UFU beef and lamb chair Pat McKay said, “Beef Week is a key event for the UFU and we’re delighted to be partnering with LMC again this year. It gives us the opportunity to come together to promote our world leading beef sector, showcasing how we sustainably produce high-quality NIFQA beef to world leading animal welfare and environmental standards.

“We’ve an extensive grass-fed system that enables us to produce our nutritious, high-quality beef products, helping maintain the iconic scenery that NI is renowned for. As custodians of the countryside, our beef farmers are a key part of the climate change solution and are continuing to do all they can to reduce emissions on-farm while producing beef for consumers.

“Thanks to the passion and dedication of our NI farmers, beef production is a major contributor to the economy and local communities. We’re delighted to put the spotlight on our local beef sector for the coming week, celebrating everything the sector has to offer and those who work tirelessly within it making our products a firm favourite at home and abroad.”

Beef Week promotes the nutritional aspects of this food.

ABP’s head of supply chain development Liam McCarthy commented, “ABP is delighted to support Northern Ireland Beef Week again. It is one of several, successful collaborations between ABP and LMC to promote NIFQA beef. The ABP Angus Youth Challenge is an important vehicle by which we are working with LMC to educate young people on the health, nutrition, and environmental benefits of NIFQA beef and the care with which it is produced. We look forward to building on that success further and to backing this important initiative over the coming week.”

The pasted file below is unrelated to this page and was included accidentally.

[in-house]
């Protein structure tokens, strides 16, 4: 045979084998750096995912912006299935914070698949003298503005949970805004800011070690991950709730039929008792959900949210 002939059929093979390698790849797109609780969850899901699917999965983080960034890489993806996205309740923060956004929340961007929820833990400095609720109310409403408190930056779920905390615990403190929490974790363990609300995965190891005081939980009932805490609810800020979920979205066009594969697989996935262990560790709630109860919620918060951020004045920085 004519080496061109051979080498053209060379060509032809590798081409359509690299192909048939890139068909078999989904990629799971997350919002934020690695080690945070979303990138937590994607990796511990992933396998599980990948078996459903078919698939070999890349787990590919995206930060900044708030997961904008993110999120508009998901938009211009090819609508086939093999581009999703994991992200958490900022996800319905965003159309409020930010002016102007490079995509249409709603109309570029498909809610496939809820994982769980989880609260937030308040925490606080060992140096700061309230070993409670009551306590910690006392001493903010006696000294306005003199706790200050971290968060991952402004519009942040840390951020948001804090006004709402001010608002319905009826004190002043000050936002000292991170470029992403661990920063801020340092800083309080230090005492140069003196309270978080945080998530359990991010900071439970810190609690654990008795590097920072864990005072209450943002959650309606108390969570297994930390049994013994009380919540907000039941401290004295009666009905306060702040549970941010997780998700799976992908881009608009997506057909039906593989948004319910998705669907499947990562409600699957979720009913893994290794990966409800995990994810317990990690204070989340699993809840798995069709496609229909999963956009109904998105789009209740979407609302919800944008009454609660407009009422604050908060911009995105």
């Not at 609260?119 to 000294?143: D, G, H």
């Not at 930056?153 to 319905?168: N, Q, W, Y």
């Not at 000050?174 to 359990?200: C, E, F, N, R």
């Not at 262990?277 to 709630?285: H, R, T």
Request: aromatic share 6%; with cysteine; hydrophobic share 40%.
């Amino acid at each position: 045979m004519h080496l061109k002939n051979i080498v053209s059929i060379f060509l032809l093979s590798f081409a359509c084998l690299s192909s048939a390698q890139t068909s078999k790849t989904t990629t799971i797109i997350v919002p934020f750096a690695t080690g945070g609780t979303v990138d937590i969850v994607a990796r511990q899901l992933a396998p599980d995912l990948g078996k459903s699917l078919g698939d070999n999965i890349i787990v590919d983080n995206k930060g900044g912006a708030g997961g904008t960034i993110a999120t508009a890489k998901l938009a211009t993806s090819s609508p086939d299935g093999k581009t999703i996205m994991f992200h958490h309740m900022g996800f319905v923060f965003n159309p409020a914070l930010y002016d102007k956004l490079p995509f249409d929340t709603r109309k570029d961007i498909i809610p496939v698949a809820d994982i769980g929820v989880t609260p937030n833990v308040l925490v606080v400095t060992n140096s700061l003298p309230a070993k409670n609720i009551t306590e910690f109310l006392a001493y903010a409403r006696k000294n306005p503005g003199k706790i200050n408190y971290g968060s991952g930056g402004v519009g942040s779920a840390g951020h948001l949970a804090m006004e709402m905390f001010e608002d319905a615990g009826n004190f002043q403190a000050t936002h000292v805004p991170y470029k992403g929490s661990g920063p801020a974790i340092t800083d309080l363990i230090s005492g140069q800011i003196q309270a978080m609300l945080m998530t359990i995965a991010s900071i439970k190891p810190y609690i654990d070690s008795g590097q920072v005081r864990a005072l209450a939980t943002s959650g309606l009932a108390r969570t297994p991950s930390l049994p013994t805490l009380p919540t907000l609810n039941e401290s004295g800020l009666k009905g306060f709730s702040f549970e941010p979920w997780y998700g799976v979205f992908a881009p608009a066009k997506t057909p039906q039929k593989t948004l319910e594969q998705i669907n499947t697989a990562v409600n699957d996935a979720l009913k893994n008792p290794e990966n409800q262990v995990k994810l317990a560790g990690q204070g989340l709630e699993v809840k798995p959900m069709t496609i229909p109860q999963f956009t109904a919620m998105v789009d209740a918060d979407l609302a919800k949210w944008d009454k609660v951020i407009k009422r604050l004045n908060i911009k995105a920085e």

However beef comes at a cost as beef farmers grapple with huge uplifts on inputs such as fertiliser, feed and fuel. Many farmers remain concerned as to how they will be able to make ends meet in order to stay afloat and remain in business. Livestock markets and factories are seeing more cattle than what would usually be offered.

CAN fertiliser has increased from about £200/ton from spring 2021 to £900/ton this spring – an increase of £700/ton (350 percent increase). Beef finishing rations has increased from £230/ton from spring 2021 to £310 this spring – an increase of £80/ton (34.8 percent). There is also a feed increase of about £20/ton coming from the beginning of April for some merchants which would bring a beef feed ration to about £325-£330/ton. Red diesel has increased from £0.56/l in the spring of 2021 to £1.10/l this spring – an increase of £0.54/l (96.4 percent).

Other factors such as lime, bale plastic, grass seed and minerals have also seen an increase lately, and this will impact beef farmers profit margins as well. As a result of higher input costs, the market needs to return a stronger beef price if beef farmers are to meet these input rises as they cannot be absorbed.

(Source – Impartial Reporter – Farming – Brian Donaldson – 02/05/2022)